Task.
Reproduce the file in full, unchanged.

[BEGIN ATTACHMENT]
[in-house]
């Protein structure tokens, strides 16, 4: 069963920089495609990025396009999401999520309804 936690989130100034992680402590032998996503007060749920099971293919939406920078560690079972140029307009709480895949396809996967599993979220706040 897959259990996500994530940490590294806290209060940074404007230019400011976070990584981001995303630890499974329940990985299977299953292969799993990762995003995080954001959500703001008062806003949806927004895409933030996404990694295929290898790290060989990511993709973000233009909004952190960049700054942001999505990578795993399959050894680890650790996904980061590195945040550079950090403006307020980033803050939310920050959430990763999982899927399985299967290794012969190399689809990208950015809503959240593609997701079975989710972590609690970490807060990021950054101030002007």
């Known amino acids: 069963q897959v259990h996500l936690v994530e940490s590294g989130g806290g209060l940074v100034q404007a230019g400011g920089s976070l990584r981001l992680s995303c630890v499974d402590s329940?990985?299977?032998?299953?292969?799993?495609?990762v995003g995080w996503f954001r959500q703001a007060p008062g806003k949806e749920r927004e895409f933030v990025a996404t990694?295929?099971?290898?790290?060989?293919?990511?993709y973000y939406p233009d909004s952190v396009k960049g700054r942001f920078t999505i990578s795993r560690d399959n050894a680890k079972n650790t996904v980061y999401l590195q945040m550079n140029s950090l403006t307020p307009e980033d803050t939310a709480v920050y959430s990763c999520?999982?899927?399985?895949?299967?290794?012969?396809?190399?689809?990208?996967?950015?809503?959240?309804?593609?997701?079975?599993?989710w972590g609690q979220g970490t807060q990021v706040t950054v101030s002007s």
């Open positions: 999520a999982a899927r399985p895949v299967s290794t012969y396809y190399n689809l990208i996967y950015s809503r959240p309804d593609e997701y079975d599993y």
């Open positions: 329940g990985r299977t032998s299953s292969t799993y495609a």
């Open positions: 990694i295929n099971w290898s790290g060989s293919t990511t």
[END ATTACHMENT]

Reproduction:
[in-house]
């Protein structure tokens, strides 16, 4: 069963920089495609990025396009999401999520309804 936690989130100034992680402590032998996503007060749920099971293919939406920078560690079972140029307009709480895949396809996967599993979220706040 897959259990996500994530940490590294806290209060940074404007230019400011976070990584981001995303630890499974329940990985299977299953292969799993990762995003995080954001959500703001008062806003949806927004895409933030996404990694295929290898790290060989990511993709973000233009909004952190960049700054942001999505990578795993399959050894680890650790996904980061590195945040550079950090403006307020980033803050939310920050959430990763999982899927399985299967290794012969190399689809990208950015809503959240593609997701079975989710972590609690970490807060990021950054101030002007």
């Known amino acids: 069963q897959v259990h996500l936690v994530e940490s590294g989130g806290g209060l940074v100034q404007a230019g400011g920089s976070l990584r981001l992680s995303c630890v499974d402590s329940?990985?299977?032998?299953?292969?799993?495609?990762v995003g995080w996503f954001r959500q703001a007060p008062g806003k949806e749920r927004e895409f933030v990025a996404t990694?295929?099971?290898?790290?060989?293919?990511?993709y973000y939406p233009d909004s952190v396009k960049g700054r942001f920078t999505i990578s795993r560690d399959n050894a680890k079972n650790t996904v980061y999401l590195q945040m550079n140029s950090l403006t307020p307009e980033d803050t939310a709480v920050y959430s990763c999520?999982?899927?399985?895949?299967?290794?012969?396809?190399?689809?990208?996967?950015?809503?959240?309804?593609?997701?079975?599993?989710w972590g609690q979220g970490t807060q990021v706040t950054v101030s002007s």
């Open positions: 999520a999982a899927r399985p895949v299967s290794t012969y396809y190399n689809l990208i996967y950015s809503r959240p309804d593609e997701y079975d599993y």
């Open positions: 329940g990985r299977t032998s299953s292969t799993y495609a």
């Open positions: 990694i295929n099971w290898s790290g060989s293919t990511t």